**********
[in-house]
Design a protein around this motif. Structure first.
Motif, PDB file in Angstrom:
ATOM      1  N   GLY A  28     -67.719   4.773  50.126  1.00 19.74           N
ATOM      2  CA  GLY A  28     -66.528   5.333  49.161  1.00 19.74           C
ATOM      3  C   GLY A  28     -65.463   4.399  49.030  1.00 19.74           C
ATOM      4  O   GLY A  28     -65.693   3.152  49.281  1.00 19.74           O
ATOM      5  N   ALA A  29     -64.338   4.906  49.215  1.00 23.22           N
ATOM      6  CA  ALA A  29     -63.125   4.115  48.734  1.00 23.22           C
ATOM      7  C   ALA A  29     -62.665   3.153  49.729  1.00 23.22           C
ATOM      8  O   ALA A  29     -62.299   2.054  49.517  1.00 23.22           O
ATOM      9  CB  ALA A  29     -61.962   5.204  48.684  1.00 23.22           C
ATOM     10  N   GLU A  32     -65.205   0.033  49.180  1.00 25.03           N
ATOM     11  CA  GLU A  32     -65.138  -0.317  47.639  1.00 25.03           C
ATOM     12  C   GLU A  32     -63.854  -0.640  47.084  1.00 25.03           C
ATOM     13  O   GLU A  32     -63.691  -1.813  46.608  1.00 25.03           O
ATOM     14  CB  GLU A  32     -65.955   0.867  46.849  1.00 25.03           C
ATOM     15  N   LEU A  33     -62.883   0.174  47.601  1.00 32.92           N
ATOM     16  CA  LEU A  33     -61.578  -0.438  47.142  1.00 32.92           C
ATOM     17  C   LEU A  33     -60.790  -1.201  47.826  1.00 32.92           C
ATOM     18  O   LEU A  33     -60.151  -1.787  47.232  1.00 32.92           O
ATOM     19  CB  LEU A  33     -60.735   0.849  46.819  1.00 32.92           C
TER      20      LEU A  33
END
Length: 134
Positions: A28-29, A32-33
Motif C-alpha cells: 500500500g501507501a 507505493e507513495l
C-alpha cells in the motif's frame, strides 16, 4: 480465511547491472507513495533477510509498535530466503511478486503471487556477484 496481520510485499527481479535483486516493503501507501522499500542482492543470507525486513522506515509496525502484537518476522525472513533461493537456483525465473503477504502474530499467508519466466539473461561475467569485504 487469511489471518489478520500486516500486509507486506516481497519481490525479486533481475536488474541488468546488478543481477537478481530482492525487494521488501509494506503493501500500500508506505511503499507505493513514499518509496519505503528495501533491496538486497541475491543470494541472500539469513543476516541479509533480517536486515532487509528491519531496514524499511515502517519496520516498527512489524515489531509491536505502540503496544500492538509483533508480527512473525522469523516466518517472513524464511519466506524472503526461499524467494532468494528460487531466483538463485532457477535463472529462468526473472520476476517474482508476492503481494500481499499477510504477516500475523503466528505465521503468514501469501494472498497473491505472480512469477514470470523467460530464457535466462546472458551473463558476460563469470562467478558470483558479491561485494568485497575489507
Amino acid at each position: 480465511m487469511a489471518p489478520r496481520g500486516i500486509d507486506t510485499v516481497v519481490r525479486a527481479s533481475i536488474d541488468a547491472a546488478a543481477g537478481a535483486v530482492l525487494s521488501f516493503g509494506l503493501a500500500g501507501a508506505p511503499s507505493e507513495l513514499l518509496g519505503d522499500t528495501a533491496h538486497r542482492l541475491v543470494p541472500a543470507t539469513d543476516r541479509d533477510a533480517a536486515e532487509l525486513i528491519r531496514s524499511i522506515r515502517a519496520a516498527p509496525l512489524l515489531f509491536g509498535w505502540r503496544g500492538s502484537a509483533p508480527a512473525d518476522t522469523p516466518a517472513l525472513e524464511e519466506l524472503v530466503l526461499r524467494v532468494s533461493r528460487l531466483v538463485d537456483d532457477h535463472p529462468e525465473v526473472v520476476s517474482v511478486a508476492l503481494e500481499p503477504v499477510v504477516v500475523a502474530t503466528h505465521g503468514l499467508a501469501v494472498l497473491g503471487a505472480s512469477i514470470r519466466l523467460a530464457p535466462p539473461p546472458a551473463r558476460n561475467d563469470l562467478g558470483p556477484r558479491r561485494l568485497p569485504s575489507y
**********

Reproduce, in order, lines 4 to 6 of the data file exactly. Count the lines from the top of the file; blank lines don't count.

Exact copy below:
ATOM      1  N   GLY A  28     -67.719   4.773  50.126  1.00 19.74           N
ATOM      2  CA  GLY A  28     -66.528   5.333  49.161  1.00 19.74           C
ATOM      3  C   GLY A  28     -65.463   4.399  49.030  1.00 19.74           C